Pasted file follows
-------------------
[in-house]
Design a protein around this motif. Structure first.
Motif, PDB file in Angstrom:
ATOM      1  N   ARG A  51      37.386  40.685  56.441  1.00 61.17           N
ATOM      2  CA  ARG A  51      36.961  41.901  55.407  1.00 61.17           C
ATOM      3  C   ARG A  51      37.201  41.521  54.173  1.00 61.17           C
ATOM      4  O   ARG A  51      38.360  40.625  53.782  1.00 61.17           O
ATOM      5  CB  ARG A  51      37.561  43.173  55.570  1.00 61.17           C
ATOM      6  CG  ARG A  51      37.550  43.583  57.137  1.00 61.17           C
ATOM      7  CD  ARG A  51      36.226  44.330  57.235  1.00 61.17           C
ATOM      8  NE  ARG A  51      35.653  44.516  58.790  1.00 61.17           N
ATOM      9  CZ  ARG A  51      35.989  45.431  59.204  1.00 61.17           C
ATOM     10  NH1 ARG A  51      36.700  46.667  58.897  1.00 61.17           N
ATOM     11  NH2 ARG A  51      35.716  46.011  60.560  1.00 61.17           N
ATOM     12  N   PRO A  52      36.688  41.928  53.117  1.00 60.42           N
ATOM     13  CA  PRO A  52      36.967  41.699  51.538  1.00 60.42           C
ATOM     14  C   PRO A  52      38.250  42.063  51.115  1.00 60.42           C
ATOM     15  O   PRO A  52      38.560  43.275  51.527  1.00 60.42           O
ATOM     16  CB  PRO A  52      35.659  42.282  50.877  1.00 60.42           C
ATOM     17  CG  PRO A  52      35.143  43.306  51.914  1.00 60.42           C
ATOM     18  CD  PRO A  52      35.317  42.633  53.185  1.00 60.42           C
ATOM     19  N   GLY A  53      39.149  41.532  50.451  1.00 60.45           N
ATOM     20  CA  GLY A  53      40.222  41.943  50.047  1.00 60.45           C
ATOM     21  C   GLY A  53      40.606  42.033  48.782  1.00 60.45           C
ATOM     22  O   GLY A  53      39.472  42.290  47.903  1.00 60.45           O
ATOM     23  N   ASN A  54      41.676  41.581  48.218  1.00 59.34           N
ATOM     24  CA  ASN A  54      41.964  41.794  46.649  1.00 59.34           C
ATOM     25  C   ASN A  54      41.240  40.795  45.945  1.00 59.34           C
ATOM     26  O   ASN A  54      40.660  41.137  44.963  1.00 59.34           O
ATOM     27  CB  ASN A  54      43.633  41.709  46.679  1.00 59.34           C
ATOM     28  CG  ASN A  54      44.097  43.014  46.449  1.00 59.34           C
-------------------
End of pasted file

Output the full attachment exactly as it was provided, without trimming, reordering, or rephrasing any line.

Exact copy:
[in-house]
Design a protein around this motif. Structure first.
Motif, PDB file in Angstrom:
ATOM      1  N   ARG A  51      37.386  40.685  56.441  1.00 61.17           N
ATOM      2  CA  ARG A  51      36.961  41.901  55.407  1.00 61.17           C
ATOM      3  C   ARG A  51      37.201  41.521  54.173  1.00 61.17           C
ATOM      4  O   ARG A  51      38.360  40.625  53.782  1.00 61.17           O
ATOM      5  CB  ARG A  51      37.561  43.173  55.570  1.00 61.17           C
ATOM      6  CG  ARG A  51      37.550  43.583  57.137  1.00 61.17           C
ATOM      7  CD  ARG A  51      36.226  44.330  57.235  1.00 61.17           C
ATOM      8  NE  ARG A  51      35.653  44.516  58.790  1.00 61.17           N
ATOM      9  CZ  ARG A  51      35.989  45.431  59.204  1.00 61.17           C
ATOM     10  NH1 ARG A  51      36.700  46.667  58.897  1.00 61.17           N
ATOM     11  NH2 ARG A  51      35.716  46.011  60.560  1.00 61.17           N
ATOM     12  N   PRO A  52      36.688  41.928  53.117  1.00 60.42           N
ATOM     13  CA  PRO A  52      36.967  41.699  51.538  1.00 60.42           C
ATOM     14  C   PRO A  52      38.250  42.063  51.115  1.00 60.42           C
ATOM     15  O   PRO A  52      38.560  43.275  51.527  1.00 60.42           O
ATOM     16  CB  PRO A  52      35.659  42.282  50.877  1.00 60.42           C
ATOM     17  CG  PRO A  52      35.143  43.306  51.914  1.00 60.42           C
ATOM     18  CD  PRO A  52      35.317  42.633  53.185  1.00 60.42           C
ATOM     19  N   GLY A  53      39.149  41.532  50.451  1.00 60.45           N
ATOM     20  CA  GLY A  53      40.222  41.943  50.047  1.00 60.45           C
ATOM     21  C   GLY A  53      40.606  42.033  48.782  1.00 60.45           C
ATOM     22  O   GLY A  53      39.472  42.290  47.903  1.00 60.45           O
ATOM     23  N   ASN A  54      41.676  41.581  48.218  1.00 59.34           N
ATOM     24  CA  ASN A  54      41.964  41.794  46.649  1.00 59.34           C
ATOM     25  C   ASN A  54      41.240  40.795  45.945  1.00 59.34           C
ATOM     26  O   ASN A  54      40.660  41.137  44.963  1.00 59.34           O
ATOM     27  CB  ASN A  54      43.633  41.709  46.679  1.00 59.34           C
ATOM     28  CG  ASN A  54      44.097  43.014  46.449  1.00 59.34           C